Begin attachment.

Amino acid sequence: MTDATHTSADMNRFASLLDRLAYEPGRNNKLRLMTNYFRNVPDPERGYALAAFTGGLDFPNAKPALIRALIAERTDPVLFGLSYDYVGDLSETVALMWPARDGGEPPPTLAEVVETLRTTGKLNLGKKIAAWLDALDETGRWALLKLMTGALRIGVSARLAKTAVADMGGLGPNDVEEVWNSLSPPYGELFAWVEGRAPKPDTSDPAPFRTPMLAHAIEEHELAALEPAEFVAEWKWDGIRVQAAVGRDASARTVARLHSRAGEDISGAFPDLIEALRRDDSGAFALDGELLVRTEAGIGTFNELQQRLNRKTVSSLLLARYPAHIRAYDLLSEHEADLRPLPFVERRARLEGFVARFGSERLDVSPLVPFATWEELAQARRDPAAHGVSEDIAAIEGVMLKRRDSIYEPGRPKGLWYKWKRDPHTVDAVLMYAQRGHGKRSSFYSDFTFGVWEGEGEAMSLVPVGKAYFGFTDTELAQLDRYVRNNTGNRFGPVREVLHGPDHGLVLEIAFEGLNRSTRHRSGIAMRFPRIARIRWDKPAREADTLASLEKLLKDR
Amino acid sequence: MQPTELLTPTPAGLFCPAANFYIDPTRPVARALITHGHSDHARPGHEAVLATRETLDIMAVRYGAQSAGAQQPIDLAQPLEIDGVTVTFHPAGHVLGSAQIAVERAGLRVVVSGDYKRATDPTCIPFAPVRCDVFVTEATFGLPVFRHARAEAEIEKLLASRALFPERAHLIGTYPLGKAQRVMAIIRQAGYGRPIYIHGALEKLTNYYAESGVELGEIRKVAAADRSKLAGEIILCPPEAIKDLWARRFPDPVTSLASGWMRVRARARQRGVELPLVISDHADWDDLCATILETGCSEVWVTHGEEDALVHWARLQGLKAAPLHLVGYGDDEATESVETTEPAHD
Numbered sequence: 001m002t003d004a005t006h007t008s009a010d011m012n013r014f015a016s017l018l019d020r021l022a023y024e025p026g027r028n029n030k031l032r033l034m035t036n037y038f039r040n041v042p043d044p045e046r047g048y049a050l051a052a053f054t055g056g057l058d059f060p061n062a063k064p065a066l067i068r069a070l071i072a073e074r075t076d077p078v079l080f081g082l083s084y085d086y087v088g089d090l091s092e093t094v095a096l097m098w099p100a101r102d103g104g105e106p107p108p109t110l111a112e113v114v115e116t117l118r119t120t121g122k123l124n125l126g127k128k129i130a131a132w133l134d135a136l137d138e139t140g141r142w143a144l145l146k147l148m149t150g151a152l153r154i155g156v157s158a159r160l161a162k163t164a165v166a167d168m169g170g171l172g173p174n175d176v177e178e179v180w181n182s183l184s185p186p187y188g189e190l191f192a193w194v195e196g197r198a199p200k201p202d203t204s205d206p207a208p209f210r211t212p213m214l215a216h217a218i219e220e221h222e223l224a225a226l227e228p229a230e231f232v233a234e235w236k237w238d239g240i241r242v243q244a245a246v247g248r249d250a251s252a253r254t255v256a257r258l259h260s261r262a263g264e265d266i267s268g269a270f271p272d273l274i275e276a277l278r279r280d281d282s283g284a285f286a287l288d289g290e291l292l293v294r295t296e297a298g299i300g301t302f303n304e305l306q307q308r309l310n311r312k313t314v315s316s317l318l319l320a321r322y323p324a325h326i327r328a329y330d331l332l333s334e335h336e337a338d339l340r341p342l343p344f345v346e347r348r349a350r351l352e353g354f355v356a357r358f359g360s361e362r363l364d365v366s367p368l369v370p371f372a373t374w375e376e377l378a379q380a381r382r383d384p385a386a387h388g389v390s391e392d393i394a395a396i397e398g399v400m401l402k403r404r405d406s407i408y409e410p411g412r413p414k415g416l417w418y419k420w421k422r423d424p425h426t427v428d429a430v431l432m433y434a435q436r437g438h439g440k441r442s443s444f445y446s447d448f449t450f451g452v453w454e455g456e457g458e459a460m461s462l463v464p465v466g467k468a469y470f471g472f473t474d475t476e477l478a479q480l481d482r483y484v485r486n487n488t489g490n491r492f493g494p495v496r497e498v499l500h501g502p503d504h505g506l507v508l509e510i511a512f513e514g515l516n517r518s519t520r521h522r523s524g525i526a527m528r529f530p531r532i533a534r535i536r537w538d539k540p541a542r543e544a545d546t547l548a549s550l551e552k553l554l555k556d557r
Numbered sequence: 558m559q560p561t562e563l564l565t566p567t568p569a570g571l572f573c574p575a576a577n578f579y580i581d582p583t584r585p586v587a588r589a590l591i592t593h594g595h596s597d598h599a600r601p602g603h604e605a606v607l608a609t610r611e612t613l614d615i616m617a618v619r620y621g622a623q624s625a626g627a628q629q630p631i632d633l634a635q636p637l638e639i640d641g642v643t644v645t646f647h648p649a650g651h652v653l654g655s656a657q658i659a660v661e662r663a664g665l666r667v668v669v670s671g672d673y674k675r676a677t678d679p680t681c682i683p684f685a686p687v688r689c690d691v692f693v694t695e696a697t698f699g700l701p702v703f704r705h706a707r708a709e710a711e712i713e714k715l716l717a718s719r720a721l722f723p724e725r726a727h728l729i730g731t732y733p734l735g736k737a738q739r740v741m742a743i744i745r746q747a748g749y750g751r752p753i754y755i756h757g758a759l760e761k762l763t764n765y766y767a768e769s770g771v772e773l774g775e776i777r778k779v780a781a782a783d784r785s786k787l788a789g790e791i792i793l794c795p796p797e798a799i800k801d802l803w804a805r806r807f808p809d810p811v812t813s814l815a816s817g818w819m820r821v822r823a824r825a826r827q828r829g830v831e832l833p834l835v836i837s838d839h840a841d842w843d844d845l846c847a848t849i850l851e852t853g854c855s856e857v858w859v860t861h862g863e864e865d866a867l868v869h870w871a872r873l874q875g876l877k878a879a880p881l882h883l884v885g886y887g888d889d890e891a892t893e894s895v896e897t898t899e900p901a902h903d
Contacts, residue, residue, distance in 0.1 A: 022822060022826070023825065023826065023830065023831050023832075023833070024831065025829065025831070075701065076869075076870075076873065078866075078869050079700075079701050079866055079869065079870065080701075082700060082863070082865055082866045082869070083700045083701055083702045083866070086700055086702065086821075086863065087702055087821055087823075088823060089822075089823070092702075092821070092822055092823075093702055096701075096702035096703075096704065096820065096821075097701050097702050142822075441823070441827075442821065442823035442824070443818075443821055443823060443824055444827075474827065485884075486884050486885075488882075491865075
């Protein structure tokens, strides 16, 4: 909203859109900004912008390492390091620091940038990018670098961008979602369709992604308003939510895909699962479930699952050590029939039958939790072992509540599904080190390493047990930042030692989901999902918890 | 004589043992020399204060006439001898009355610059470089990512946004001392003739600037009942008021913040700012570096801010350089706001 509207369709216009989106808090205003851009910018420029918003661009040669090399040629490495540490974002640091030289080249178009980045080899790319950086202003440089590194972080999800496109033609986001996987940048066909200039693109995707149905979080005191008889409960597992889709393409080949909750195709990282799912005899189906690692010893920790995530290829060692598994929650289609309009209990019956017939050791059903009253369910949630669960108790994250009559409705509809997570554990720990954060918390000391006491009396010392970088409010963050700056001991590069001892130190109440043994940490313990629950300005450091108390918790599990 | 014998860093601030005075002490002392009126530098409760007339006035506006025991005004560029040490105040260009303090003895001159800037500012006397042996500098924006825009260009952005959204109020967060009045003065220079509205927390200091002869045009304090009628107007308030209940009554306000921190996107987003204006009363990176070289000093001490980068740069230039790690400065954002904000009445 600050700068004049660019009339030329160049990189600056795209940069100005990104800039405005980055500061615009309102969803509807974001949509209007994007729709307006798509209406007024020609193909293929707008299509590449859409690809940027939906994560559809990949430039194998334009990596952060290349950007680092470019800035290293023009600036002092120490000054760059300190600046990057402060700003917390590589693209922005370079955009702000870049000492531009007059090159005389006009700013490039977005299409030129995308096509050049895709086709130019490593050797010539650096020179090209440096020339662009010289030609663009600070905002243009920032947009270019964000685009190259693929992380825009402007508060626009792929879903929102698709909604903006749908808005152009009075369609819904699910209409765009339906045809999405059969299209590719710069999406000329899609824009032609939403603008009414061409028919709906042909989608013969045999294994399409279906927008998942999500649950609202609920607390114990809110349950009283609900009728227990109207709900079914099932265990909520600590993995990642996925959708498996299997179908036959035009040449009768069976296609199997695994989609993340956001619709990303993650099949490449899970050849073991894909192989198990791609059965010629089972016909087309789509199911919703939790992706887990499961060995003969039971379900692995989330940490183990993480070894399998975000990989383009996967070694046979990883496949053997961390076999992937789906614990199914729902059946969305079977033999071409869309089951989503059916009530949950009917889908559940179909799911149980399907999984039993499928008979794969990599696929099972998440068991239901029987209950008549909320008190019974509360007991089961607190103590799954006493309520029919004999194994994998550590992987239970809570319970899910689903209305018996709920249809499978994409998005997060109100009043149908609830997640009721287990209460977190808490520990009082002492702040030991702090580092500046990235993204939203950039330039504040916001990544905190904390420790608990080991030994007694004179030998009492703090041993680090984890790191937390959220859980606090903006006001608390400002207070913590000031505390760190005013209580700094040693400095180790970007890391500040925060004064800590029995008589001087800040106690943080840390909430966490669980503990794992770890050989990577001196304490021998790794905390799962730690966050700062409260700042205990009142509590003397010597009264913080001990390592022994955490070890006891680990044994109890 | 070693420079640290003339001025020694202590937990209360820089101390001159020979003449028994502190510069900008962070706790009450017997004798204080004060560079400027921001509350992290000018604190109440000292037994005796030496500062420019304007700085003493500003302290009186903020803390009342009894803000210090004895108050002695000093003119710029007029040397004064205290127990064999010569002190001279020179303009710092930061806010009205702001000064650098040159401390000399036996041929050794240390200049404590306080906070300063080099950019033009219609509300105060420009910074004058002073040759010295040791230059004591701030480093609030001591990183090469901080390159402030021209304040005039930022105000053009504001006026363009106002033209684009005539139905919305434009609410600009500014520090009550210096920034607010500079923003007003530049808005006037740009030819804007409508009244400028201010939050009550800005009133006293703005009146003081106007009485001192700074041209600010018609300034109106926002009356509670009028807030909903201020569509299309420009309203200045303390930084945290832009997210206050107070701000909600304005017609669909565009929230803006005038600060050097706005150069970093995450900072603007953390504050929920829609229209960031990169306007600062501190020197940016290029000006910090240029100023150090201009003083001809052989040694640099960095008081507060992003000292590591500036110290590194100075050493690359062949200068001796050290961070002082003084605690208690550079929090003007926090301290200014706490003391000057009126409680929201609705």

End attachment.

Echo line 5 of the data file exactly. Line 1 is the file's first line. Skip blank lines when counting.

Contacts, residue, residue, distance in 0.1 A: 022822060022826070023825065023826065023830065023831050023832075023833070024831065025829065025831070075701065076869075076870075076873065078866075078869050079700075079701050079866055079869065079870065080701075082700060082863070082865055082866045082869070083700045083701055083702045083866070086700055086702065086821075086863065087702055087821055087823075088823060089822075089823070092702075092821070092822055092823075093702055096701075096702035096703075096704065096820065096821075097701050097702050142822075441823070441827075442821065442823035442824070443818075443821055443823060443824055444827075474827065485884075486884050486885075488882075491865075